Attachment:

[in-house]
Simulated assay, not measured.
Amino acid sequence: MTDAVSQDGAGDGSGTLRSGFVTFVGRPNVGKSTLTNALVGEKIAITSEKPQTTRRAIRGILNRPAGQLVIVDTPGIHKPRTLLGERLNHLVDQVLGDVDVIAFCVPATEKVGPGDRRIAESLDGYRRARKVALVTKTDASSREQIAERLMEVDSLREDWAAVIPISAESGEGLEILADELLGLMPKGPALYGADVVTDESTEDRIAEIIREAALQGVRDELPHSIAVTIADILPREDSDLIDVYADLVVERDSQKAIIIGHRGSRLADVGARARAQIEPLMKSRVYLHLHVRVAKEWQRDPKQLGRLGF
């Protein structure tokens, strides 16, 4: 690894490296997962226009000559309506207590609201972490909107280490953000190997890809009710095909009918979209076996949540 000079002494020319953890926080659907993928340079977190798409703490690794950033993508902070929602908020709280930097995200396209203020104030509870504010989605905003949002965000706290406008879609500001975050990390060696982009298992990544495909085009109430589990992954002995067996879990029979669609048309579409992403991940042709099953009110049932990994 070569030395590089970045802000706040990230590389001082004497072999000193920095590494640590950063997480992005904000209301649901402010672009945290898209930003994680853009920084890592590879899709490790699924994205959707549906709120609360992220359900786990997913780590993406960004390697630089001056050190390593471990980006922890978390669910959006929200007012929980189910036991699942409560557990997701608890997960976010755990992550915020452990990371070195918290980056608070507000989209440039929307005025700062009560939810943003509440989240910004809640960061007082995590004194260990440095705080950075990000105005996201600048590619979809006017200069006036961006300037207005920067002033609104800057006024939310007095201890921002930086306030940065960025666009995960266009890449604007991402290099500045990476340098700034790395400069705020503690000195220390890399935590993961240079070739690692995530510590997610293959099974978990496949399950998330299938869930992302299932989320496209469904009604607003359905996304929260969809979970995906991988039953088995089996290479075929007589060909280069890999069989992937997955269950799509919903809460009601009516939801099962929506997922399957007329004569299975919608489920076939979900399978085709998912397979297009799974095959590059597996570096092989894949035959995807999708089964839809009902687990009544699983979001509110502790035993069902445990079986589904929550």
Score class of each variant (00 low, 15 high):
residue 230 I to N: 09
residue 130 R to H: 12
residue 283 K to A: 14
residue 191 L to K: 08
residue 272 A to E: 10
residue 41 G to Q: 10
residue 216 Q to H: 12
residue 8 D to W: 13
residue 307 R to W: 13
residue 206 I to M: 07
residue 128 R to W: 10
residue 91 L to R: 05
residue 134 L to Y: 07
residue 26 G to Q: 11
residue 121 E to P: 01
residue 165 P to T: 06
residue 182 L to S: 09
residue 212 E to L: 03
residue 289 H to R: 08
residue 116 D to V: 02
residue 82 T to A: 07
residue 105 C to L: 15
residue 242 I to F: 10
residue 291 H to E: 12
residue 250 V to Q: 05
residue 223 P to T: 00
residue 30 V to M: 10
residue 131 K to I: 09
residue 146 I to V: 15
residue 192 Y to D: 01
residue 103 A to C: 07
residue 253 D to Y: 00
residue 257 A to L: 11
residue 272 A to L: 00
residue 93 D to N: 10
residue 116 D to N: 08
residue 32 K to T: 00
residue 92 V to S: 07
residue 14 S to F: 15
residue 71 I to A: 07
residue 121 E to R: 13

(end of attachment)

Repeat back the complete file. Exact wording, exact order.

[in-house]
Simulated assay, not measured.
Amino acid sequence: MTDAVSQDGAGDGSGTLRSGFVTFVGRPNVGKSTLTNALVGEKIAITSEKPQTTRRAIRGILNRPAGQLVIVDTPGIHKPRTLLGERLNHLVDQVLGDVDVIAFCVPATEKVGPGDRRIAESLDGYRRARKVALVTKTDASSREQIAERLMEVDSLREDWAAVIPISAESGEGLEILADELLGLMPKGPALYGADVVTDESTEDRIAEIIREAALQGVRDELPHSIAVTIADILPREDSDLIDVYADLVVERDSQKAIIIGHRGSRLADVGARARAQIEPLMKSRVYLHLHVRVAKEWQRDPKQLGRLGF
């Protein structure tokens, strides 16, 4: 690894490296997962226009000559309506207590609201972490909107280490953000190997890809009710095909009918979209076996949540 000079002494020319953890926080659907993928340079977190798409703490690794950033993508902070929602908020709280930097995200396209203020104030509870504010989605905003949002965000706290406008879609500001975050990390060696982009298992990544495909085009109430589990992954002995067996879990029979669609048309579409992403991940042709099953009110049932990994 070569030395590089970045802000706040990230590389001082004497072999000193920095590494640590950063997480992005904000209301649901402010672009945290898209930003994680853009920084890592590879899709490790699924994205959707549906709120609360992220359900786990997913780590993406960004390697630089001056050190390593471990980006922890978390669910959006929200007012929980189910036991699942409560557990997701608890997960976010755990992550915020452990990371070195918290980056608070507000989209440039929307005025700062009560939810943003509440989240910004809640960061007082995590004194260990440095705080950075990000105005996201600048590619979809006017200069006036961006300037207005920067002033609104800057006024939310007095201890921002930086306030940065960025666009995960266009890449604007991402290099500045990476340098700034790395400069705020503690000195220390890399935590993961240079070739690692995530510590997610293959099974978990496949399950998330299938869930992302299932989320496209469904009604607003359905996304929260969809979970995906991988039953088995089996290479075929007589060909280069890999069989992937997955269950799509919903809460009601009516939801099962929506997922399957007329004569299975919608489920076939979900399978085709998912397979297009799974095959590059597996570096092989894949035959995807999708089964839809009902687990009544699983979001509110502790035993069902445990079986589904929550």
Score class of each variant (00 low, 15 high):
residue 230 I to N: 09
residue 130 R to H: 12
residue 283 K to A: 14
residue 191 L to K: 08
residue 272 A to E: 10
residue 41 G to Q: 10
residue 216 Q to H: 12
residue 8 D to W: 13
residue 307 R to W: 13
residue 206 I to M: 07
residue 128 R to W: 10
residue 91 L to R: 05
residue 134 L to Y: 07
residue 26 G to Q: 11
residue 121 E to P: 01
residue 165 P to T: 06
residue 182 L to S: 09
residue 212 E to L: 03
residue 289 H to R: 08
residue 116 D to V: 02
residue 82 T to A: 07
residue 105 C to L: 15
residue 242 I to F: 10
residue 291 H to E: 12
residue 250 V to Q: 05
residue 223 P to T: 00
residue 30 V to M: 10
residue 131 K to I: 09
residue 146 I to V: 15
residue 192 Y to D: 01
residue 103 A to C: 07
residue 253 D to Y: 00
residue 257 A to L: 11
residue 272 A to L: 00
residue 93 D to N: 10
residue 116 D to N: 08
residue 32 K to T: 00
residue 92 V to S: 07
residue 14 S to F: 15
residue 71 I to A: 07
residue 121 E to R: 13